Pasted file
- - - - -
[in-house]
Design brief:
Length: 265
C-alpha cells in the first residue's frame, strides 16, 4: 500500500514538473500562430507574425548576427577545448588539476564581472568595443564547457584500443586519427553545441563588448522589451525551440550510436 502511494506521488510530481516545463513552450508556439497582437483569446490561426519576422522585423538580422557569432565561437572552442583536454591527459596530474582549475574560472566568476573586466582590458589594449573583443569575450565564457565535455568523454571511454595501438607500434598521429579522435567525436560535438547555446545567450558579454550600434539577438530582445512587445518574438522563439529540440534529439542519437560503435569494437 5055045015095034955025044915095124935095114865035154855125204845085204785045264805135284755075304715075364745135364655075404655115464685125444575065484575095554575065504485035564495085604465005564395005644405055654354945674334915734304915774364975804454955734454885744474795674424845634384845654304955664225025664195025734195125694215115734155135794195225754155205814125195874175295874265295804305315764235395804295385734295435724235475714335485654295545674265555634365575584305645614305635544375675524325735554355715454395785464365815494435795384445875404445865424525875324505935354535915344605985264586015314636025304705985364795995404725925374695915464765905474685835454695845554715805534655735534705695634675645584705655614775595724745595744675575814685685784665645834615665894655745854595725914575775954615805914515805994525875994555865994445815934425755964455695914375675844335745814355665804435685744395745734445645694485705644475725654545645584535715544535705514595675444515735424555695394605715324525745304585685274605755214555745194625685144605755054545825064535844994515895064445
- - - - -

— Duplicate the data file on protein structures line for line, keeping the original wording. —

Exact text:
[in-house]
Design brief:
Length: 265
C-alpha cells in the first residue's frame, strides 16, 4: 500500500514538473500562430507574425548576427577545448588539476564581472568595443564547457584500443586519427553545441563588448522589451525551440550510436 502511494506521488510530481516545463513552450508556439497582437483569446490561426519576422522585423538580422557569432565561437572552442583536454591527459596530474582549475574560472566568476573586466582590458589594449573583443569575450565564457565535455568523454571511454595501438607500434598521429579522435567525436560535438547555446545567450558579454550600434539577438530582445512587445518574438522563439529540440534529439542519437560503435569494437 5055045015095034955025044915095124935095114865035154855125204845085204785045264805135284755075304715075364745135364655075404655115464685125444575065484575095554575065504485035564495085604465005564395005644405055654354945674334915734304915774364975804454955734454885744474795674424845634384845654304955664225025664195025734195125694215115734155135794195225754155205814125195874175295874265295804305315764235395804295385734295435724235475714335485654295545674265555634365575584305645614305635544375675524325735554355715454395785464365815494435795384445875404445865424525875324505935354535915344605985264586015314636025304705985364795995404725925374695915464765905474685835454695845554715805534655735534705695634675645584705655614775595724745595744675575814685685784665645834615665894655745854595725914575775954615805914515805994525875994555865994445815934425755964455695914375675844335745814355665804435685744395745734445645694485705644475725654545645584535715544535705514595675444515735424555695394605715324525745304585685274605755214555745194625685144605755054545825064535844994515895064445